Dimon deputy epitomizes succession of all sorts

March 25, 2014

By Antony Currie
The author is a Reuters Breakingviews columnist. The opinions expressed are his own.

Jamie Dimon’s loss of a top deputy on Tuesday epitomizes succession issues of all sorts. Key lieutenant Mike Cavanagh has given up a shot at following his mentor atop JPMorgan for one helping run private equity firm Carlyle Group. The move shakes up leadership plans for both companies and also underscores a bigger shift in finance.

At the mega-bank, Dimon’s inner circle has been shrinking. Potential chief executives have left before – Jes Staley and Bill Winters, for example. They were forced out, though. By all accounts, Cavanagh left of his own accord and the board tried to persuade him to stay.

No matter how deep the ranks may be at JPMorgan, Cavanagh’s departure is a blow. He amassed more experience during his two decades working under Dimon, including at Bank One, than most. He served as chief financial officer during the crisis, ran transaction services and then the investment bank. Cavanagh also spearheaded the internal inquiry that followed the $6 billion London Whale trading loss in 2012.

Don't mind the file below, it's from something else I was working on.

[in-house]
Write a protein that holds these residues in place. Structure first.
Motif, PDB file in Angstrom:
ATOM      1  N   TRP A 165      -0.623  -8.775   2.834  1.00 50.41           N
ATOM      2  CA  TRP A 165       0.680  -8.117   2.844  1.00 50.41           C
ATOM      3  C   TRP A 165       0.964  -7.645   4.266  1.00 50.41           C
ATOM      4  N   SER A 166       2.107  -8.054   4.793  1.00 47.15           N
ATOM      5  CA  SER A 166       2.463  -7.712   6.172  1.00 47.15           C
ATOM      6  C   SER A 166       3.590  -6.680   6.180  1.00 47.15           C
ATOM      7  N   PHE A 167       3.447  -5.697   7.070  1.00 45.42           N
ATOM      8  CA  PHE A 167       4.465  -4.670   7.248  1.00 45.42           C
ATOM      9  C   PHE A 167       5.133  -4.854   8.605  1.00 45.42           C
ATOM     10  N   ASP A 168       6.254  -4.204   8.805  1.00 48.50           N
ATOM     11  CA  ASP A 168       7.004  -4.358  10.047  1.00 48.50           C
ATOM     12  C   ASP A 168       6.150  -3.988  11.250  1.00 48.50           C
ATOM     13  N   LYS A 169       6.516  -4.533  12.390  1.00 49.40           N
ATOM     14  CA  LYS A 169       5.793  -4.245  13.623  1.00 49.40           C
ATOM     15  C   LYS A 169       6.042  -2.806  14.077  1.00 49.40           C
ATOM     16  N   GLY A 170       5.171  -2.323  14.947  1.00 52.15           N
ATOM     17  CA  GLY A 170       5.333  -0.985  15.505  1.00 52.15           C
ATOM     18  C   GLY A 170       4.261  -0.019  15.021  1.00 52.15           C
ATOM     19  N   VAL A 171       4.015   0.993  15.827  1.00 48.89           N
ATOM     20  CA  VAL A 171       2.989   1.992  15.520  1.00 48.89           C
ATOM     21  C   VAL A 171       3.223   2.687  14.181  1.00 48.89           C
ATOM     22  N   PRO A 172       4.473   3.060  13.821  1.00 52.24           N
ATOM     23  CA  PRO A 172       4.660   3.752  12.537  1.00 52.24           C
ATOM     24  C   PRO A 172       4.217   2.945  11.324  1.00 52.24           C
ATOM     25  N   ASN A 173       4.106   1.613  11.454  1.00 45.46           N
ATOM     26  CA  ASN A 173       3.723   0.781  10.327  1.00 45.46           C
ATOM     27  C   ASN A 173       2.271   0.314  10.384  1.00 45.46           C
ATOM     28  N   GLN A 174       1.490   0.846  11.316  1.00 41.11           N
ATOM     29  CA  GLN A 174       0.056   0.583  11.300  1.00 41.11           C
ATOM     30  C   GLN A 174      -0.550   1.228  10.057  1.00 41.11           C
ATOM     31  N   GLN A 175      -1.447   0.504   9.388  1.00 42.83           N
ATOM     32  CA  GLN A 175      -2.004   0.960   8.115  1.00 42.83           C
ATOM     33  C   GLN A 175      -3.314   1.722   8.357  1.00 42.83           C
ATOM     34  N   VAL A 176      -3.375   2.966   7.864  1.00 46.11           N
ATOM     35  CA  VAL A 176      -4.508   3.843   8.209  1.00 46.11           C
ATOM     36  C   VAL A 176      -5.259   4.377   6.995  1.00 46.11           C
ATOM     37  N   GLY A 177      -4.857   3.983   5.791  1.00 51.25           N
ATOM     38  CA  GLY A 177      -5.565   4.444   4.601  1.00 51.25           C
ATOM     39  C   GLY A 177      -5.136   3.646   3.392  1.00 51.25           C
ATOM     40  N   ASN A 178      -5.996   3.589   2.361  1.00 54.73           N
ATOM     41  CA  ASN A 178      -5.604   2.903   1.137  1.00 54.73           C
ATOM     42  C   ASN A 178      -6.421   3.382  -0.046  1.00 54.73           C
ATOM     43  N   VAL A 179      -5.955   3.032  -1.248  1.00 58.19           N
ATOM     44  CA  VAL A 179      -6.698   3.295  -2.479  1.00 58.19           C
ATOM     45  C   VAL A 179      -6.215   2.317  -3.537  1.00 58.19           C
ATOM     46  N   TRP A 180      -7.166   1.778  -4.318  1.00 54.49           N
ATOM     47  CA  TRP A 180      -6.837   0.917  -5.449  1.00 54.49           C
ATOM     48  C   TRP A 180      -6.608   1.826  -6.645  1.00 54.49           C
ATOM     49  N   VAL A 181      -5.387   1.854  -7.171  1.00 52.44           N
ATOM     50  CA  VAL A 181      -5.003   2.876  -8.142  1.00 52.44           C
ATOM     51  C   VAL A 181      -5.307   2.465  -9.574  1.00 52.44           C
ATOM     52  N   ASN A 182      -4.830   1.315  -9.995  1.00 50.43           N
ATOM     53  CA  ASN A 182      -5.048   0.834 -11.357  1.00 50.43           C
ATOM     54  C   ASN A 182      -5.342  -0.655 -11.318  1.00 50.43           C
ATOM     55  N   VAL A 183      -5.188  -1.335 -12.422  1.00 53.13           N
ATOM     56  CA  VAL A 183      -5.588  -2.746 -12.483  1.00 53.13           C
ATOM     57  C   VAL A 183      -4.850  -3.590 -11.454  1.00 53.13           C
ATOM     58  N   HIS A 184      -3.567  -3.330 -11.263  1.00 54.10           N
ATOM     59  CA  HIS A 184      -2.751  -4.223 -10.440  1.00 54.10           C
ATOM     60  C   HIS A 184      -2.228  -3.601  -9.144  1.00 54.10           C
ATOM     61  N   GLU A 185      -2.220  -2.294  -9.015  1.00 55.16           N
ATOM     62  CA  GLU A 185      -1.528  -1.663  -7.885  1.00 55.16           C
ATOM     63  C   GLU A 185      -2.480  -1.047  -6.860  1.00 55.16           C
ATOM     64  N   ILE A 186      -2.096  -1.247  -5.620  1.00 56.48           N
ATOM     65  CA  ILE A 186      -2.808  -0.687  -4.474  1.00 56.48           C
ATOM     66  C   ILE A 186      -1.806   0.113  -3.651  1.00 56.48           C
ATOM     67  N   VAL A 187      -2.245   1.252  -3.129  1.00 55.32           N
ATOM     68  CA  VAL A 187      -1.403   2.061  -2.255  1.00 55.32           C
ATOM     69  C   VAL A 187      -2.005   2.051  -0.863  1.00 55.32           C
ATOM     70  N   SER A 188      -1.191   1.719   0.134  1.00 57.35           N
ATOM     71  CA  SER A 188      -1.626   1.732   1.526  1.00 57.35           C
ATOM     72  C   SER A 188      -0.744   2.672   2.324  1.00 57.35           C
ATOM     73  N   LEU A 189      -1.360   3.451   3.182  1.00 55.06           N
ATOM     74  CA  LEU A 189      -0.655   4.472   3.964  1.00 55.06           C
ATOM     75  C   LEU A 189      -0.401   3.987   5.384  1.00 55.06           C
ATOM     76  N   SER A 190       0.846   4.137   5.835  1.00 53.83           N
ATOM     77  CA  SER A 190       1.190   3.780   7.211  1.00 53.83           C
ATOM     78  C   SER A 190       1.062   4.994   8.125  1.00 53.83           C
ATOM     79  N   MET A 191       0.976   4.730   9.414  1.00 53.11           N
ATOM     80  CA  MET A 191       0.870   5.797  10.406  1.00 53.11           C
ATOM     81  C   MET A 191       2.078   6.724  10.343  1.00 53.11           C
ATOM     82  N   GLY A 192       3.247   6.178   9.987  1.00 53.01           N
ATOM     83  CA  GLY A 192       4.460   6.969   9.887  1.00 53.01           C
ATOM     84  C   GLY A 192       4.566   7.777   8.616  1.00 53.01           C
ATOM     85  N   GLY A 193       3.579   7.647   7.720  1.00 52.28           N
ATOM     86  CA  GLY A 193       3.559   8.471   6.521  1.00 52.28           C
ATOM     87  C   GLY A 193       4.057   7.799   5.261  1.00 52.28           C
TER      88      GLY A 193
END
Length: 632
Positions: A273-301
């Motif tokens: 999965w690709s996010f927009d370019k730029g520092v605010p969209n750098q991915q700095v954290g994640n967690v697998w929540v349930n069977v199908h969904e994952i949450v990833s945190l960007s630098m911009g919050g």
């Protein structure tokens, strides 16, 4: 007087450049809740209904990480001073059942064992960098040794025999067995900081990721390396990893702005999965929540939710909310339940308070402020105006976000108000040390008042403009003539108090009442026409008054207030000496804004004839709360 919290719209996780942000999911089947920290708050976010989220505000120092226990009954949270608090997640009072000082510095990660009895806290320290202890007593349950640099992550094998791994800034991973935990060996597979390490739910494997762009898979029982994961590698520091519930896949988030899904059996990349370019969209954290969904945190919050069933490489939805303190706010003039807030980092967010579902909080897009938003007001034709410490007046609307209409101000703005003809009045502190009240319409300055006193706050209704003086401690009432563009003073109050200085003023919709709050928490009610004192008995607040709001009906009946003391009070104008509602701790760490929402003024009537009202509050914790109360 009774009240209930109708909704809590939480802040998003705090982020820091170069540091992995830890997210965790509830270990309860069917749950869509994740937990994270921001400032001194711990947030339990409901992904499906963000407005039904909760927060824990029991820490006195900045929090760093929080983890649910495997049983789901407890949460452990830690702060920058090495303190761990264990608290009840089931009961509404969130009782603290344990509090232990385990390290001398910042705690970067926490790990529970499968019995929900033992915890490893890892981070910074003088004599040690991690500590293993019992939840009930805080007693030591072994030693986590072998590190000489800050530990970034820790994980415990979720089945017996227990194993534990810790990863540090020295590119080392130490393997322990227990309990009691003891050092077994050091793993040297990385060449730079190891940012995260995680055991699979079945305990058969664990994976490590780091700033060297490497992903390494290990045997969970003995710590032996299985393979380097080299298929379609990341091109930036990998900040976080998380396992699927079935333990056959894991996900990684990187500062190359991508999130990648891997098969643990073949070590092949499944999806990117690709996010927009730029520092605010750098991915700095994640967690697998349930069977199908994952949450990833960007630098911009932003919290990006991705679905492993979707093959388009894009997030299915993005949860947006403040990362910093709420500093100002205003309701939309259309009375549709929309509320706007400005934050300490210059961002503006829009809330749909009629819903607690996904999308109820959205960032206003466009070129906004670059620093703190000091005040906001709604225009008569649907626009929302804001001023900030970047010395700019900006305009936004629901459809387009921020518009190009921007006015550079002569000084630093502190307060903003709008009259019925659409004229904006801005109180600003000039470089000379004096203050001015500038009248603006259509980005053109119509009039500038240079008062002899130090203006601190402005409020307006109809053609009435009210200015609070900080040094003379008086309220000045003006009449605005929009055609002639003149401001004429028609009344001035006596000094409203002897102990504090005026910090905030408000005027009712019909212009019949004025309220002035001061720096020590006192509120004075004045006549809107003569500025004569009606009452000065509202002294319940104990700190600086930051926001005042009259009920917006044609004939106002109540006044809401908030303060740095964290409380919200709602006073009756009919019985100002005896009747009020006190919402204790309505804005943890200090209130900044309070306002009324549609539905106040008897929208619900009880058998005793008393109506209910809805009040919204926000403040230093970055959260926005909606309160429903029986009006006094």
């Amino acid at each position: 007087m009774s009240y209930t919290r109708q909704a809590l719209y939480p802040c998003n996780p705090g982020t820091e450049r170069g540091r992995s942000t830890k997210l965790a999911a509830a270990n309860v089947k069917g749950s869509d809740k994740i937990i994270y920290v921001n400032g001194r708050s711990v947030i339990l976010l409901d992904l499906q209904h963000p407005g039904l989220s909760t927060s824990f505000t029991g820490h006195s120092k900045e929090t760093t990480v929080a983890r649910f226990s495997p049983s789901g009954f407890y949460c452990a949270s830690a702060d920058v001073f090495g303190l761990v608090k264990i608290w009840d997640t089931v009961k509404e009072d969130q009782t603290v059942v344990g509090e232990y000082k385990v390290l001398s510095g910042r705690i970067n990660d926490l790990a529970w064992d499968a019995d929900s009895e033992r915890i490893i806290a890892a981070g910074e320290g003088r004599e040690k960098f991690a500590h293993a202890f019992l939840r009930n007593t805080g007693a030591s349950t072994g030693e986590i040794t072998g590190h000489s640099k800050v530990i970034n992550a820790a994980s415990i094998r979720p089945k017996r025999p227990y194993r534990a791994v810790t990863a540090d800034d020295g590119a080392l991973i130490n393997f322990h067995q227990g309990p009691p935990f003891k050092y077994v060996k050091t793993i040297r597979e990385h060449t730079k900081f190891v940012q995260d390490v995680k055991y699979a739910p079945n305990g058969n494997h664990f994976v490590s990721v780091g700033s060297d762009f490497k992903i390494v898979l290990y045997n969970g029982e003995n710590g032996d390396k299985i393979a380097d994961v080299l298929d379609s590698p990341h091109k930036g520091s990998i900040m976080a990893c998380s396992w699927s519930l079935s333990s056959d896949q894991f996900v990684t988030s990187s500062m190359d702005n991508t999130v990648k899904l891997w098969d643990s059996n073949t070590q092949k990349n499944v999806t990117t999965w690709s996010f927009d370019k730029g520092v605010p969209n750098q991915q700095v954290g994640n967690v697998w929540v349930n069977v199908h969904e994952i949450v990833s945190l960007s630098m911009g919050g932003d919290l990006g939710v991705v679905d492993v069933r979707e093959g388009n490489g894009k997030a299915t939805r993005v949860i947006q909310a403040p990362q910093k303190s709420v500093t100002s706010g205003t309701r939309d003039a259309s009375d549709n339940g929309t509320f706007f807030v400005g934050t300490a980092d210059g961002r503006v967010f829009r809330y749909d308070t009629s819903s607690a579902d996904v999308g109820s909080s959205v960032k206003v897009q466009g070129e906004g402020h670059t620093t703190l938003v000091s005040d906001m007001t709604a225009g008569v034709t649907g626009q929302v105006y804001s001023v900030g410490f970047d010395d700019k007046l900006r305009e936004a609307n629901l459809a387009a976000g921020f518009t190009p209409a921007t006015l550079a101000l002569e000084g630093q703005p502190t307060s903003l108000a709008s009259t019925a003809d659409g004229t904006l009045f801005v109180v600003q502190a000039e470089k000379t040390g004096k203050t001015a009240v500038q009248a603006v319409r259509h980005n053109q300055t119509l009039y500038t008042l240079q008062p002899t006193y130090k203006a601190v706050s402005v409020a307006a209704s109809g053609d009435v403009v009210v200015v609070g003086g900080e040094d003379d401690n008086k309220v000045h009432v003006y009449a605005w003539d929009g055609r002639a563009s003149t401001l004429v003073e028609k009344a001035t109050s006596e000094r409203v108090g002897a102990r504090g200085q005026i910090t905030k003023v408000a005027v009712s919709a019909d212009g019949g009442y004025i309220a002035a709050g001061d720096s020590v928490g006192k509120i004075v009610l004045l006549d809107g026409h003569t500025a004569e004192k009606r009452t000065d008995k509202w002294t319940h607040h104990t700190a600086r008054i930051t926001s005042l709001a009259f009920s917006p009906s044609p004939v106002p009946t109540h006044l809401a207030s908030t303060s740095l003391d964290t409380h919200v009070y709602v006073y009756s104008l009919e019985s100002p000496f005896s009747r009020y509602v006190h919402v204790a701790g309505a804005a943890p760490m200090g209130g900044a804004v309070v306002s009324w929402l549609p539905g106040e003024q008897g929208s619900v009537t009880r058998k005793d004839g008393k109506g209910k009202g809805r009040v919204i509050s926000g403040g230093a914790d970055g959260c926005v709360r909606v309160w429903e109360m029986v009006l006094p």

Running a bank isn’t what it used to be, though. A 12 percent return on equity used to be the low end of expectations; now it’s considered success. Core income is also either growing slowly or falling. Increased regulation makes it harder to find new ways to mint money. Compensation is under heightened scrutiny. Some of these problems are exacerbated at JPMorgan because of the profile crafted by Dimon.

It makes private equity all the more appealing. For one thing, opportunities abound to earn even more than the unwritten $25 million ceiling for bank CEOs. Carlyle’s founders – David Rubenstein, Daniel D’Aniello and William Conway – earned about $750 million last year, mostly from investment profits and dividends.

The trio obviously is thinking about the firm’s next phase, and sees Cavanagh as part of it. He will be co-president and co-chief operating officer of Carlyle with insider Glenn Youngkin. Outsiders don’t always work out when it comes to managing in the buyout industry, however. Apollo Global, for example, just parted ways with Marc Spilker, who was recruited to be the firm’s president a few years ago from Goldman Sachs.

While Cavanagh’s job change most directly affects JPMorgan and Carlyle, it is representative of a bigger and slower shift underway. Banks are gradually ceding power to shadow banks. It’s another form of succession boards of directors need to plan for better.

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